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False Shaggy Mane

Podaxis pistillaris

Podaxis pistillaris
• False Shaggy Mane
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• Common name
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False Shaggy Mane • Podaxis pistillaris
False Shaggy Mane (Podaxis pistillaris)

Often thought of as a 'stalked puffball', this fungus, known as the False Shaggy Mane is not closely related to the 'puffballs'.1

With it distinctive appearance, the fungus is commonly found in deserts and arid regions of Australia.2

It can be found growing up to 15 cm high, made up of a woody stem (about 2-5 cm) and large, long shaped cap, that protects the blackish tissue, bearing the spores.

The cap varies in colour from white to yellow-brown or tan colour. The outer skin typically breaks into a ‘shaggy’ fibrils.

The fungus was used by many desert Aborigines for decorative purposes, with the spores brushed onto the body. It was used by many desert tribes to darken the white hair in the old men's whiskers1. As well, children would use it in play, from body painting, to sometimes drawing patterns or pictures on hard ground, or to imitate ritual leg slashing carried out by adults during mortuary ceremonies3.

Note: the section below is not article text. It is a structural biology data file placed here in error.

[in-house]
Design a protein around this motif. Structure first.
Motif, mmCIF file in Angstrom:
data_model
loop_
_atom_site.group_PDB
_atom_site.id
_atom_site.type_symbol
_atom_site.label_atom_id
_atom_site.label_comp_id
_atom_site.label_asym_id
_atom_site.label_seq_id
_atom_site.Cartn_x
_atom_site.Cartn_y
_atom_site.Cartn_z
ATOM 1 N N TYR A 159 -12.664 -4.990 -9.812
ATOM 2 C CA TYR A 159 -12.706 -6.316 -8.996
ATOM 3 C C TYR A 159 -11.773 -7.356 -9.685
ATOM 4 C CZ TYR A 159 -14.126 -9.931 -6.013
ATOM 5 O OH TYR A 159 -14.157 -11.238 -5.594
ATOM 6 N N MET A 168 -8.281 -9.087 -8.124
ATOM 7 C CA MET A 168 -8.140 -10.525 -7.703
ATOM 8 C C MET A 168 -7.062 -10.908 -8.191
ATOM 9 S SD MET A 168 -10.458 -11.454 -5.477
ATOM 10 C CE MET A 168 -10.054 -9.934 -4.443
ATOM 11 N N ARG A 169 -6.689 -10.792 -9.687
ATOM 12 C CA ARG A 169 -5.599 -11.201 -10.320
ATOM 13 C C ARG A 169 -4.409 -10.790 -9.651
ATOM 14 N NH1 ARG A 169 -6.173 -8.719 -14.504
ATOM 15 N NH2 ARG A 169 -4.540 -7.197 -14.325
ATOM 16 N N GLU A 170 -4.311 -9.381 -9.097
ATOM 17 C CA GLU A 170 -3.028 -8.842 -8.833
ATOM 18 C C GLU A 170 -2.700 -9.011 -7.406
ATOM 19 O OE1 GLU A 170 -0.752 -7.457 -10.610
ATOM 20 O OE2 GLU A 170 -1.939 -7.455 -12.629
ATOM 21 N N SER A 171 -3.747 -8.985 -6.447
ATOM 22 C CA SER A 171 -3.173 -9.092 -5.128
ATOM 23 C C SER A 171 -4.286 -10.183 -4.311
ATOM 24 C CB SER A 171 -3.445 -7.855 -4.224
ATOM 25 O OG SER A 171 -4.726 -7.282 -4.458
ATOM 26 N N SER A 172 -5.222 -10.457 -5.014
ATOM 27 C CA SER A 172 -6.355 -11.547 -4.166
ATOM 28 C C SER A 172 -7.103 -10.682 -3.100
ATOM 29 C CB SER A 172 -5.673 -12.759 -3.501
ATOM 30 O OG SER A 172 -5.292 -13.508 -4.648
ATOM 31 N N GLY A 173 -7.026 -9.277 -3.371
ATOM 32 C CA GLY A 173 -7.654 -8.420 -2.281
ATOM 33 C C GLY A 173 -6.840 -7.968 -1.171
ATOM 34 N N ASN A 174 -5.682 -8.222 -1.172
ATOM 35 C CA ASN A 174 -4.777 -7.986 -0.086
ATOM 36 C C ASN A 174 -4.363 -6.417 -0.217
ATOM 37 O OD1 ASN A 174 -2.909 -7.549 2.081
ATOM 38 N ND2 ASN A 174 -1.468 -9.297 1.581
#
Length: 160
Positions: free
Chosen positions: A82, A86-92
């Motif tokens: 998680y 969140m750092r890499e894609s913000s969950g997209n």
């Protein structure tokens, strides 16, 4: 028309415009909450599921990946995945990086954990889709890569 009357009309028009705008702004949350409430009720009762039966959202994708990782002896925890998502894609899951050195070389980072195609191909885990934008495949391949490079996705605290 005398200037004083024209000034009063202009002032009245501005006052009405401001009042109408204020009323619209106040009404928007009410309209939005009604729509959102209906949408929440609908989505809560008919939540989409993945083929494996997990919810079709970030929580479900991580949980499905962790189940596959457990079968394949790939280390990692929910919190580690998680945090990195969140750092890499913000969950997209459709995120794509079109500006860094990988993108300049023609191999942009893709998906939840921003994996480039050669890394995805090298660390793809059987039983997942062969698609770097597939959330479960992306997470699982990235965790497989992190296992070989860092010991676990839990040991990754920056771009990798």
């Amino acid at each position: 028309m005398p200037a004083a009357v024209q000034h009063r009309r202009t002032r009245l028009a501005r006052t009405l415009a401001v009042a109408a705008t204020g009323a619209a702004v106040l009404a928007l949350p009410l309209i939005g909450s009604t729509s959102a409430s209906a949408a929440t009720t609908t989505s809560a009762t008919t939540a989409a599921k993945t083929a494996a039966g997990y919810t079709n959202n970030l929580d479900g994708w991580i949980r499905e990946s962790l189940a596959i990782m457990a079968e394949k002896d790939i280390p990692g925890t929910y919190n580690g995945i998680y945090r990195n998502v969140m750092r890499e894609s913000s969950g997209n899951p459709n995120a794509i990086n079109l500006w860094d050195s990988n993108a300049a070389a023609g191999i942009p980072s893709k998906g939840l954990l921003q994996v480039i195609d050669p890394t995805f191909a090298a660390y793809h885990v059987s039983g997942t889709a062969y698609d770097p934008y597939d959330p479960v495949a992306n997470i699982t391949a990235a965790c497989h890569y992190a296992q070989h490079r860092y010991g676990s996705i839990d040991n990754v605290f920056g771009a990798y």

The northern Warlpiri tribe are reputed to use the spores from the fungus as a fly repellent.3

Common name Where Found
Puffball
Stalked Puffball
False Shaggy Mane
 
Scientific Classification
Kingdom: Fungi
Phylum: Basidiomycota
Order: Podaxales
Family: Podaxaceae
Genus: Podaxis
Species: Podaxis pistillaris
False Shaggy Mane • Images
False Shaggy Mane (Podaxis pistillaris), Central Australia
- following images taken in Uluru-Kata Tjuta National Park.
Stalked Puffball (Podaxis pistillaris) © Colin Leel, May 2007

Stalked Puffball (Podaxis pistillaris) © Colin Leel, May 2007

Stalked Puffball (Podaxis pistillaris) © Colin Leel, May 2007

Stalked Puffball (Podaxis pistillaris) © Colin Leel, May 2007

Stalked Puffball (Podaxis pistillaris) © Colin Leel, May 2007

Stalked Puffball (Podaxis pistillaris) © Colin Leel, May 2007

Stalked Puffball (Podaxis pistillaris) © Colin Leel, May 2007

Stalked Puffball (Podaxis pistillaris) © Colin Leel, May 2007

False Shaggy Mane • Other links

 

Source:
1. ANBG / Australian Fungi Website, Aboriginal use of fungi, Retrieved January 14, 2008

2. Royal Botanic Gardens Melbourne, Podaxis pistillaris / The Fungimap Target Species, Retrieved January 14, 2008

3. Peter Latz, Bushfires and Bushtucker Aboriginal Plant Use in Central Australia, IAD Press, Alice Springs, 2004, p248

3. The Taxoniomicon, Taxon: Genus Podaxis, Retrieved January 14, 2008

4. RBG Melbourne, Fungi / Fungimap / The Fungimap Target Species, Retrieved January 14, 2008

5. Medicinal Mushrooms, Podaxis pistillaris, Retrieved January 14, 2008
 
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